International Working Men’s Association

The Minute Book of the General Council
September 1867

Council Meeting
September 17

[The Minutes are in Eccarius’s hand on pp. 105-09 of the Minute Book]

Citizen Jung in the chair.

The Minutes of the two previous meetings were read.

This paragraph is crossed out in the Minute Book.

Citizen Fox objected to the version given of the discussion on the second Congress question.

After a good deal of discussion Citizen Fox handed a written statement to the Secretary to be substituted for the version given by the Secretary, which was agreed to, and the Minutes confirmed.

Report of the General Secretary [Eccarius]

The French polishers had sent their annual contribution; the Lynn carpenters and joiners had sent 9s. 9d. in postage stamps demanding [the] Rules and cards; the National Association of Operative Plasterers, Liverpool, [here the words “had sent their adhesion” are crossed out in the Minute Book] in delegate meeting assembled, had voted a guinea a year to the funds of the International Association and wanted to know whom to send the money to; the house painters, Birmingham, had sent their adhesion enclosing a post-office order of 19s. 7d. as entrance fee and annual contribution.

Citizen Jung announced that a new paper, La Liberté, had been started in Belgium, the editorial staff of which had asked for literary contributions, offering to insert anything that might be of interest to the Association.[206]

Citizen Shaw objected to the manner in which Citizen Fox had rendered the reports of the American Labour Congress in the Bee-Hive making it appear as if our correspondent was the correspondent of the Bee-Hive.[207]

After a good deal of discussion the matter [was] dropped.

Upon the proposition of Citizen Eccarius it was agreed that £2, the remainder of the balance due to R. Cottam, should be paid.

It was further agreed that two quires of the Bee-Hive of Saturday, September 14, and two quires of Saturday, September 21, be purchased for the use of the Council.[208]

As the time was too far advanced to hear the report of the Congress delegate, the meeting adjourned to Tuesday, September 24.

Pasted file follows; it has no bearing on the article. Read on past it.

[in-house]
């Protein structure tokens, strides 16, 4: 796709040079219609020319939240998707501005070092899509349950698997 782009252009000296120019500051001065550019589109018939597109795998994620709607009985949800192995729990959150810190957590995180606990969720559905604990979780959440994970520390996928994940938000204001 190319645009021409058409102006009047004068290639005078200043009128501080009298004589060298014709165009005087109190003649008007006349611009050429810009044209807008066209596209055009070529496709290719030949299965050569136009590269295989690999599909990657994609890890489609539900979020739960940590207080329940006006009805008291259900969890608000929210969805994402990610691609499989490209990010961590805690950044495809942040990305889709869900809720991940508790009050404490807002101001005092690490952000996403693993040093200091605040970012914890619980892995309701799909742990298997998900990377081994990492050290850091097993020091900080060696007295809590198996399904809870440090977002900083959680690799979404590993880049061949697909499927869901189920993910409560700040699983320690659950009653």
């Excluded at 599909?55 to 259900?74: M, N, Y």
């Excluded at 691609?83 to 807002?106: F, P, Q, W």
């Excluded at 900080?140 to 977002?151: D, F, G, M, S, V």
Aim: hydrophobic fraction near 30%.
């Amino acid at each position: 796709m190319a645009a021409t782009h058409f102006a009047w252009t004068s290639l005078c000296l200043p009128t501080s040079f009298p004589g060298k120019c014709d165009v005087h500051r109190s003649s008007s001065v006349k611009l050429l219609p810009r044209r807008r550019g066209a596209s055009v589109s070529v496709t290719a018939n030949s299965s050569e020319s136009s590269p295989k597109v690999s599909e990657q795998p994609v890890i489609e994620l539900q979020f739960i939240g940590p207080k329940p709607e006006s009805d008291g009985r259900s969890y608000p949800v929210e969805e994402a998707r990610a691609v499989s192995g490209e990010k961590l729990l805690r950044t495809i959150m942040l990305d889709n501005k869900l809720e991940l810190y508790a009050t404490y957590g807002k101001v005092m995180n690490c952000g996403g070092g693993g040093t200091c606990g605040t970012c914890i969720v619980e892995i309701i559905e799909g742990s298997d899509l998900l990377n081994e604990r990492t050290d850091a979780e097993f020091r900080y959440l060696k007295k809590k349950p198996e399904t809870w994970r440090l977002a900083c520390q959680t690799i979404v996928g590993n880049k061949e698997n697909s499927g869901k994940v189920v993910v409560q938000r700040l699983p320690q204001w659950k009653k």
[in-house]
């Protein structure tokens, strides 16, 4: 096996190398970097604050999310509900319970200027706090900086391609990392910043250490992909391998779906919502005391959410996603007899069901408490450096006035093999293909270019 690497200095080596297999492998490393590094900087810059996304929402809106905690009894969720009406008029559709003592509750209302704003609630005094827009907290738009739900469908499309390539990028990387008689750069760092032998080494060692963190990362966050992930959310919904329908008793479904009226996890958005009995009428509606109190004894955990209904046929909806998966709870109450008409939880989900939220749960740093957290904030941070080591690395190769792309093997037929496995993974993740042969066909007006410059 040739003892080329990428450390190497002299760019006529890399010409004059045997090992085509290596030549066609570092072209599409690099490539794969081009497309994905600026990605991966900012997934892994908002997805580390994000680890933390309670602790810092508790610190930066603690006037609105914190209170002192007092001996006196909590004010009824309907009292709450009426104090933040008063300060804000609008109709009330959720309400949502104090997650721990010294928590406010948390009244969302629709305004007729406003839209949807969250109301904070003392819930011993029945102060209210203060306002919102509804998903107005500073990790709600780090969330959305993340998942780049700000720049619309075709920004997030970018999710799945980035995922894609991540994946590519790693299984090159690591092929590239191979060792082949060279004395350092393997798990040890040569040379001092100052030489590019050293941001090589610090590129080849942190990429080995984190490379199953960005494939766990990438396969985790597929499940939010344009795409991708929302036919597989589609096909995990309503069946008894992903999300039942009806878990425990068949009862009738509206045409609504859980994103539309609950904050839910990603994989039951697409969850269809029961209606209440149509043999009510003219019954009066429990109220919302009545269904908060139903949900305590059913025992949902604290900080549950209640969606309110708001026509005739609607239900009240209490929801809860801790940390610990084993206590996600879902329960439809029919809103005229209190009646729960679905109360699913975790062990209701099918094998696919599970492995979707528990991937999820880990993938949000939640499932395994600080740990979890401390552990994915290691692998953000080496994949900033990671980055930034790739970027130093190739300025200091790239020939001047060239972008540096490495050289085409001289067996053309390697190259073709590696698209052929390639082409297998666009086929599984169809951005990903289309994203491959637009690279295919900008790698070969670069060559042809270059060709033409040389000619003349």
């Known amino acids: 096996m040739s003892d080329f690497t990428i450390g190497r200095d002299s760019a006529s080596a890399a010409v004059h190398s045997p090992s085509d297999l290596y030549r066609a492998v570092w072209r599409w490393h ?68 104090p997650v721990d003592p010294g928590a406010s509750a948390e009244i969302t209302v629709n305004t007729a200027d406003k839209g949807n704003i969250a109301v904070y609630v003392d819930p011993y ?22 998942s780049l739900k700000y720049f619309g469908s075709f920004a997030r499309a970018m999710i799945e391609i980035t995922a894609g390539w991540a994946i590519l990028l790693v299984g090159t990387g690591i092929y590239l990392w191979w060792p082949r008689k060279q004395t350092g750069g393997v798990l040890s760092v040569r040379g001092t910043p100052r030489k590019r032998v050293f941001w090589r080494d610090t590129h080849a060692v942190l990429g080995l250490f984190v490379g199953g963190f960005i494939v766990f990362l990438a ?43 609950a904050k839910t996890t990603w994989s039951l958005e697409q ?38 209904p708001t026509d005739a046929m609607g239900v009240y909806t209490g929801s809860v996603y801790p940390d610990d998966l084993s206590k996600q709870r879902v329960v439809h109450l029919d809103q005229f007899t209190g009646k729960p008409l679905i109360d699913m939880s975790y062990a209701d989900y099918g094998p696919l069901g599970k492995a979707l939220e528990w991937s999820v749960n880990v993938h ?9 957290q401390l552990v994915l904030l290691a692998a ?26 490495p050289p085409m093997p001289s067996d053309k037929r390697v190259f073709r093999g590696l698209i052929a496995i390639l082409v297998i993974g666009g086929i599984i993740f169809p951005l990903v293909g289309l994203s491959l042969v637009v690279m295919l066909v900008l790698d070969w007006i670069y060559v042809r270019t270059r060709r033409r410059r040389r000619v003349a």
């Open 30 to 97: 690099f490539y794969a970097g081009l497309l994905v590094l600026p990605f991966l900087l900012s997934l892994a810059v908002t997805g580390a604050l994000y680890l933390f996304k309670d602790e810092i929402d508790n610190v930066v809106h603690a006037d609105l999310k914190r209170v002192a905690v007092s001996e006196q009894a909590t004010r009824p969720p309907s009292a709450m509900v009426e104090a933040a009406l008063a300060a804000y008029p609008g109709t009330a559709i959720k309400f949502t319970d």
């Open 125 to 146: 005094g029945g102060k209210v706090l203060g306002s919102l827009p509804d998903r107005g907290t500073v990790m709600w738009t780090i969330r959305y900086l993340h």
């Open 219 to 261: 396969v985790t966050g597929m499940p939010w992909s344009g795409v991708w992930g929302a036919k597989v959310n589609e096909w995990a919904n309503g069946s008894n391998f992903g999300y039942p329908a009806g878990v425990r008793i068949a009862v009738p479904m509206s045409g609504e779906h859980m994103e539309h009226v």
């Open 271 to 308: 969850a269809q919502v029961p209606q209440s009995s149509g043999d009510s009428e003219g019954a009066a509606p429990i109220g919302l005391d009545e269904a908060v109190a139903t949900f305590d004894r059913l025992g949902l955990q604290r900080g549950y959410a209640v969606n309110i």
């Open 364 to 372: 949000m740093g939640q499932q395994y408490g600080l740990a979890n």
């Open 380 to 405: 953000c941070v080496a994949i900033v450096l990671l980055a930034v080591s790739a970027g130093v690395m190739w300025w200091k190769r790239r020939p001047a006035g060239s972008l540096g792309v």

Members present: Buckley, Carter, Cohn, Eccarius, Fox, Hales, Jung, Lessner, Marx, Shaw, Zabicki.


Council Meeting
September 24

[The Minutes are in Eccarius’s hand on pp. 109-11 of the Minute Book]

Citizen Odger in the chair.

The Minutes of the previous meeting were read and confirmed.

A delegate from the French polishers announced his presence.

The Secretary of the Liverpool Cigar-Makers announced by letter the affiliation of that body, and also that he had sent a P.O.O. payable to R. Shaw to 18, Bouverie St., which had not come to hand.

Citizen Fox consented to make inquiries.

Citizen Eccarius gave an account of his mission to Lausanne and the proceedings of the Peace Congress at Geneva.[209]

Citizen Lessner spoke about the indecorous behaviour of some of the delegates at Lausanne. He stated that the Congress had been really representative. The Minutes would be published in full in the French language at the expense of the French-speaking delegates.

A vote of thanks to the delegates [was passed].

In consequence of the announcement that the Congress had voted Id. per member a year to the central fund, Citizen Fox raised the question whether it would not be advisable to abolish the 5s. entrance fee for societies.[210]

Citizens Eccarius, Odger, Marx were [of a contrary opinion] against the abolition.

Citizen Shaw gave notice of [a] motion to abolish the shilling contribution of delegates to the Council from affiliated societies.